Pakistan-based Jaish-e-Mohammed (JeM) chief Masood Azhar was on Wednesday designated a global terrorist by the UN after China withdrew its long-standing block to the move, marking a major diplomatic and political victory in the Indian government’s efforts to counter cross-border terrorism.
Azhar was listed by the UN’s 1267 Sanctions Committee for his association with al-Qaeda and his role in financing, planning and facilitating terrorist acts by the JeM, shortly after officials announced in Islamabad that Pakistan would no longer object to his designation – a sign to iron brother China to lift the “technical hold” it had placed on four attempts to sanction Azhar.
Hindustan Times first reported on Tuesday that China was expected to lift its hold on listing Azhar at the UN on May 1.
Following the designation, Pakistan will be required to take three steps – freeze the funds and financial assets of Azhar, enforce a travel ban on him, and cut off his access to arms and related materials.
At 6.30 pm IST, India’s permanent representative to the UN, Syed Akbaruddin, informed the country’s envoy to the US Harsh Shringla, about the listing and asked him to “brief the boss”. Though Prime Minister Narendra Modi had been inquiring about the matter since morning, he could not be directly informed by Shringla as the premier was in the midst of an election rally.
Shringla is believed to have informed National Security Advisor Ajit Doval, who rushed to the PMO from Sardar Patel Bhawan and informed Modi of the development on a secure line.
Shortly after the February 14 suicide attack in Pulwama that killed 40 Indian troopers and was claimed by JeM, France, with the backing of the US and the UK, moved a proposal at the 1267 Sanctions Committee to sanction 50-year-old Azhar. After a 10-day period to consider the matter, China blocked the proposal on March 13 by saying more time was needed to discuss the issue.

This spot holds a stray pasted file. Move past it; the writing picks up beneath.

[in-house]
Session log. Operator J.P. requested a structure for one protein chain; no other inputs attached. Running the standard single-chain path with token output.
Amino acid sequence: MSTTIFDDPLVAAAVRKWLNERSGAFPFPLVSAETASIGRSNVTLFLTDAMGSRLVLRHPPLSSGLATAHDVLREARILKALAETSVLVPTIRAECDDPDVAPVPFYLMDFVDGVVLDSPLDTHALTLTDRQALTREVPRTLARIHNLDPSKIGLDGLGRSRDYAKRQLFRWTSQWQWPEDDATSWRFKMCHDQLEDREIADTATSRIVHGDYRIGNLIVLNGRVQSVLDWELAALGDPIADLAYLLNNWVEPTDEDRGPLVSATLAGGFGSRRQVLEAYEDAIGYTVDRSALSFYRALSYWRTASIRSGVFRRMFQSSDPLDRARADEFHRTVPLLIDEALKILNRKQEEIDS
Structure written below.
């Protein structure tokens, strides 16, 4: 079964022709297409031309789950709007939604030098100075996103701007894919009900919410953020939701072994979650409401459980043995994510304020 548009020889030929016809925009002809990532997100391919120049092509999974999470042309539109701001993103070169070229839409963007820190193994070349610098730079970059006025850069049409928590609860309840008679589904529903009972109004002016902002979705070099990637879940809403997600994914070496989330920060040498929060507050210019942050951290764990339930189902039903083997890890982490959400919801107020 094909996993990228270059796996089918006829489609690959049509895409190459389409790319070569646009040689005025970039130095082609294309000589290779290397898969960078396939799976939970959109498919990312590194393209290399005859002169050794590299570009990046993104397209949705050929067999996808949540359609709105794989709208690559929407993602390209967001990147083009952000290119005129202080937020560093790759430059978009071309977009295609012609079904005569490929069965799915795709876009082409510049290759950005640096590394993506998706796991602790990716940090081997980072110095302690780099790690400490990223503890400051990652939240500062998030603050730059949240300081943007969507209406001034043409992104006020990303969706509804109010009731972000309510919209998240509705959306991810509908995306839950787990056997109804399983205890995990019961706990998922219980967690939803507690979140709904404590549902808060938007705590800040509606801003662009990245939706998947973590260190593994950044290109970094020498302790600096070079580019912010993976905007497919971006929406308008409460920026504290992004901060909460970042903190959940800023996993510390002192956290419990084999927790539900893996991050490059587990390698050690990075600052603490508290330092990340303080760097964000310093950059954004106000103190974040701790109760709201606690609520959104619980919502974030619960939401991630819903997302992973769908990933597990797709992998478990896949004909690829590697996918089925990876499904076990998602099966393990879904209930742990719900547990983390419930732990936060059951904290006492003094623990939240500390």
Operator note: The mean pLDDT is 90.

This angered the US, which threatened to take the matter to the UN Security Council, where discussions are held in public, unlike consultations held behind closed doors by the sanctions committee. The heavy lifting was done by the US as it wanted the terrorist tag for Azhar during consultations on April 23, but China and Pakistan wanted it to happen after the Indian elections as they didn’t want the listing to benefit Modi, people familiar with developments said.
The date was then moved by the US to April 30, though China was insisting on May 15. A compromise of May 1 was reached after the US hinted it would take the matter to the Security Council, the people said.
“This is a win-win situation for both sides in counter-terrorism cooperation, which is not only beneficial to Indian national stability and to promote the peace process between India and Pakistan, while signifying solidarity of SCO members. It will have a very good impact on Sino-Indian ties,” Weng said.